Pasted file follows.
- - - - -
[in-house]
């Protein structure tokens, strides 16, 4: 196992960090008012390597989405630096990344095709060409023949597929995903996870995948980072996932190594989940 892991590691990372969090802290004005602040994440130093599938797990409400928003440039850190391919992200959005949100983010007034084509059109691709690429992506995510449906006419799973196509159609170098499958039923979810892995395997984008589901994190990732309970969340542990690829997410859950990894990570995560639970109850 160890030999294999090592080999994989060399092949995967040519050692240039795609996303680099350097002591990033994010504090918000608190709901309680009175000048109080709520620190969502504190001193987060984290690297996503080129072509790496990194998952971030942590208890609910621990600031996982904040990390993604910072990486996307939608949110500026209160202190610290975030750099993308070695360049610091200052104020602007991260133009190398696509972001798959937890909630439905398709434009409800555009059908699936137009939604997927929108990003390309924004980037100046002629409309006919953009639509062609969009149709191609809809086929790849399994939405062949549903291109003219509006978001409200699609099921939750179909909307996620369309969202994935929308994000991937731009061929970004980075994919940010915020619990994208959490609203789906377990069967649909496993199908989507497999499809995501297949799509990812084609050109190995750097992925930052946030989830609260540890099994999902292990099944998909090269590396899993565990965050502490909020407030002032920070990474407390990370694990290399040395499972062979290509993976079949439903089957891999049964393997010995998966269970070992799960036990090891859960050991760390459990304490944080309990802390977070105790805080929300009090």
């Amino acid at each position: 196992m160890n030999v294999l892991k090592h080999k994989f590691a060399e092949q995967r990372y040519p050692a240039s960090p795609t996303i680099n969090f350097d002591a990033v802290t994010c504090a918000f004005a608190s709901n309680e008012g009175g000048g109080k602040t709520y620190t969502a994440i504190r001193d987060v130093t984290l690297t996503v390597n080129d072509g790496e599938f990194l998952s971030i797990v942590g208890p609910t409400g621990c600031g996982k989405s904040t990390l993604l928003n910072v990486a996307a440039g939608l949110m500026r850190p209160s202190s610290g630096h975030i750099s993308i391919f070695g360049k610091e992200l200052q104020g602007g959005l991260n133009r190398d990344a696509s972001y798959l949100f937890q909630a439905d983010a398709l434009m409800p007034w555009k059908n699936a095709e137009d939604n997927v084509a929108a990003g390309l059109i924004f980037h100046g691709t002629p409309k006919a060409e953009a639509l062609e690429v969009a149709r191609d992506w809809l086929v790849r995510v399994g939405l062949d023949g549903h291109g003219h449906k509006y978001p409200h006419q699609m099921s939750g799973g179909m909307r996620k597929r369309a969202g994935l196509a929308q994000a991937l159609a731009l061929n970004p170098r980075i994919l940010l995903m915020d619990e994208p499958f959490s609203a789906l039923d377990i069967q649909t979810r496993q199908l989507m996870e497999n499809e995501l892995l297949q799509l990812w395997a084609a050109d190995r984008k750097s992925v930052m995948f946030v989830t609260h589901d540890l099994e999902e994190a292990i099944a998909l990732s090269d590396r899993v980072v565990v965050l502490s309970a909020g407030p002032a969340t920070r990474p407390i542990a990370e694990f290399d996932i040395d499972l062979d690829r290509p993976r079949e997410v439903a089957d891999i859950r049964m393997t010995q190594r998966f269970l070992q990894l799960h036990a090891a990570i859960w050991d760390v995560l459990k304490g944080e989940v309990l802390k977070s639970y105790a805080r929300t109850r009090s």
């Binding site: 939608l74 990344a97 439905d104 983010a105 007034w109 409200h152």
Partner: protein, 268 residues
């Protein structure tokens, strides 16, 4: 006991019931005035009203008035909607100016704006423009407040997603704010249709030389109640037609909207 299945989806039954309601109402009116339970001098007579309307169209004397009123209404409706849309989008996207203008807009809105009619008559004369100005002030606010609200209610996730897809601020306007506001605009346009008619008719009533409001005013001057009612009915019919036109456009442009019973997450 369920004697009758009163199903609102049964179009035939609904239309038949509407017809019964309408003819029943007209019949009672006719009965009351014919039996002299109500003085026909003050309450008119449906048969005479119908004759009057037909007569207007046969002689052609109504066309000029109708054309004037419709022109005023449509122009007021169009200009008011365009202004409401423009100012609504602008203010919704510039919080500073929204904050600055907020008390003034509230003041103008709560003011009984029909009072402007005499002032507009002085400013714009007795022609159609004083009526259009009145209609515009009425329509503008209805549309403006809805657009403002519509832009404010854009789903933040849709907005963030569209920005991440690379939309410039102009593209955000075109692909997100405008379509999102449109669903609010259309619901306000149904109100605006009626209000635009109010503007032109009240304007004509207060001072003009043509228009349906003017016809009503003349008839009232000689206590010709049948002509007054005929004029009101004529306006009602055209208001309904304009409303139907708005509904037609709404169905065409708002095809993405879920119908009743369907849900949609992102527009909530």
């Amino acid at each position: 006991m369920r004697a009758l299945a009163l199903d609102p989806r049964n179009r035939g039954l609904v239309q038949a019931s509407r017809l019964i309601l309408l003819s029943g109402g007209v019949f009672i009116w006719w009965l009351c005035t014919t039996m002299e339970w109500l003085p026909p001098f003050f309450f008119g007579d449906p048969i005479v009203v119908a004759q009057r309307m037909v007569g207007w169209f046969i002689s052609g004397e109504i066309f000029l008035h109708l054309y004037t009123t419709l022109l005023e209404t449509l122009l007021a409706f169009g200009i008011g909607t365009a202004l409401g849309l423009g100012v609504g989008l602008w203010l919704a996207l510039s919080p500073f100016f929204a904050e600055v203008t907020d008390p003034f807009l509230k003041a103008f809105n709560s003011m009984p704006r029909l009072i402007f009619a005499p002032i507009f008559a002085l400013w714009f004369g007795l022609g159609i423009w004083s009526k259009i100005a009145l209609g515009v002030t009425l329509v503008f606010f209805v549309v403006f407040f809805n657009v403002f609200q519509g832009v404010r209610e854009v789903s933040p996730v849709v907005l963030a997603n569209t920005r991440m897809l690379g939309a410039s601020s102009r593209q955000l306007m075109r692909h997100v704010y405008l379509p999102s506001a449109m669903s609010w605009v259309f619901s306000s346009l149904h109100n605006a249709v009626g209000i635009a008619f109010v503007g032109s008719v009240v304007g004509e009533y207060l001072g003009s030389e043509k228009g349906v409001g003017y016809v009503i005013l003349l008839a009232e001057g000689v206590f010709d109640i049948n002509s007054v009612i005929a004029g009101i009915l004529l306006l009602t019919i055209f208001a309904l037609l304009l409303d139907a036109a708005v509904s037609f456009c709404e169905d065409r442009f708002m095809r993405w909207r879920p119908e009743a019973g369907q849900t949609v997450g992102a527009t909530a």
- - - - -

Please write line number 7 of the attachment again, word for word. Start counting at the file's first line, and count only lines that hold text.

């Amino acid at each position: 006991m369920r004697a009758l299945a009163l199903d609102p989806r049964n179009r035939g039954l609904v239309q038949a019931s509407r017809l019964i309601l309408l003819s029943g109402g007209v019949f009672i009116w006719w009965l009351c005035t014919t039996m002299e339970w109500l003085p026909p001098f003050f309450f008119g007579d449906p048969i005479v009203v119908a004759q009057r309307m037909v007569g207007w169209f046969i002689s052609g004397e109504i066309f000029l008035h109708l054309y004037t009123t419709l022109l005023e209404t449509l122009l007021a409706f169009g200009i008011g909607t365009a202004l409401g849309l423009g100012v609504g989008l602008w203010l919704a996207l510039s919080p500073f100016f929204a904050e600055v203008t907020d008390p003034f807009l509230k003041a103008f809105n709560s003011m009984p704006r029909l009072i402007f009619a005499p002032i507009f008559a002085l400013w714009f004369g007795l022609g159609i423009w004083s009526k259009i100005a009145l209609g515009v002030t009425l329509v503008f606010f209805v549309v403006f407040f809805n657009v403002f609200q519509g832009v404010r209610e854009v789903s933040p996730v849709v907005l963030a997603n569209t920005r991440m897809l690379g939309a410039s601020s102009r593209q955000l306007m075109r692909h997100v704010y405008l379509p999102s506001a449109m669903s609010w605009v259309f619901s306000s346009l149904h109100n605006a249709v009626g209000i635009a008619f109010v503007g032109s008719v009240v304007g004509e009533y207060l001072g003009s030389e043509k228009g349906v409001g003017y016809v009503i005013l003349l008839a009232e001057g000689v206590f010709d109640i049948n002509s007054v009612i005929a004029g009101i009915l004529l306006l009602t019919i055209f208001a309904l037609l304009l409303d139907a036109a708005v509904s037609f456009c709404e169905d065409r442009f708002m095809r993405w909207r879920p119908e009743a019973g369907q849900t949609v997450g992102a527009t909530a």